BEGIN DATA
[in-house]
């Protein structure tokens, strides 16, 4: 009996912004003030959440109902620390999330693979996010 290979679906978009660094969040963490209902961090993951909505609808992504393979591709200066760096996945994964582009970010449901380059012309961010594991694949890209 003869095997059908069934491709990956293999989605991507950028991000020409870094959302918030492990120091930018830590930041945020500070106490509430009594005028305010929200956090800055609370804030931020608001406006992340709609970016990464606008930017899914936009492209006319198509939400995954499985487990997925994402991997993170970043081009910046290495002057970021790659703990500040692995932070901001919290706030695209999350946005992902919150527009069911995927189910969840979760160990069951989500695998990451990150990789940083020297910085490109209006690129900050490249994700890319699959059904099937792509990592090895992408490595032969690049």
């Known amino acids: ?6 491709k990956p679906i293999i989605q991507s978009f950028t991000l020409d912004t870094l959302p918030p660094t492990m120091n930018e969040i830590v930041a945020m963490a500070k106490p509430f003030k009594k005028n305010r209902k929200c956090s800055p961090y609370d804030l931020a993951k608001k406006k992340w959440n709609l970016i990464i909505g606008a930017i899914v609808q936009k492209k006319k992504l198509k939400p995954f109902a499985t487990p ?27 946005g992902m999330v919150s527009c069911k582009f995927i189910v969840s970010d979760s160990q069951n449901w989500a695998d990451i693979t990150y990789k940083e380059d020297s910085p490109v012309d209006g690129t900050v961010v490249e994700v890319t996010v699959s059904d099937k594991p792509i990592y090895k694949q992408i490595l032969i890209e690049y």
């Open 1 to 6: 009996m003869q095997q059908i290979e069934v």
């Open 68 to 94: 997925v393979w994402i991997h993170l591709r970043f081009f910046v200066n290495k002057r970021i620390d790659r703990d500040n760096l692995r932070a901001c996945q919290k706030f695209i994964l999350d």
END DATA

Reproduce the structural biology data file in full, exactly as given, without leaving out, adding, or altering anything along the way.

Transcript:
[in-house]
């Protein structure tokens, strides 16, 4: 009996912004003030959440109902620390999330693979996010 290979679906978009660094969040963490209902961090993951909505609808992504393979591709200066760096996945994964582009970010449901380059012309961010594991694949890209 003869095997059908069934491709990956293999989605991507950028991000020409870094959302918030492990120091930018830590930041945020500070106490509430009594005028305010929200956090800055609370804030931020608001406006992340709609970016990464606008930017899914936009492209006319198509939400995954499985487990997925994402991997993170970043081009910046290495002057970021790659703990500040692995932070901001919290706030695209999350946005992902919150527009069911995927189910969840979760160990069951989500695998990451990150990789940083020297910085490109209006690129900050490249994700890319699959059904099937792509990592090895992408490595032969690049």
């Known amino acids: ?6 491709k990956p679906i293999i989605q991507s978009f950028t991000l020409d912004t870094l959302p918030p660094t492990m120091n930018e969040i830590v930041a945020m963490a500070k106490p509430f003030k009594k005028n305010r209902k929200c956090s800055p961090y609370d804030l931020a993951k608001k406006k992340w959440n709609l970016i990464i909505g606008a930017i899914v609808q936009k492209k006319k992504l198509k939400p995954f109902a499985t487990p ?27 946005g992902m999330v919150s527009c069911k582009f995927i189910v969840s970010d979760s160990q069951n449901w989500a695998d990451i693979t990150y990789k940083e380059d020297s910085p490109v012309d209006g690129t900050v961010v490249e994700v890319t996010v699959s059904d099937k594991p792509i990592y090895k694949q992408i490595l032969i890209e690049y």
């Open 1 to 6: 009996m003869q095997q059908i290979e069934v």
């Open 68 to 94: 997925v393979w994402i991997h993170l591709r970043f081009f910046v200066n290495k002057r970021i620390d790659r703990d500040n760096l692995r932070a901001c996945q919290k706030f695209i994964l999350d």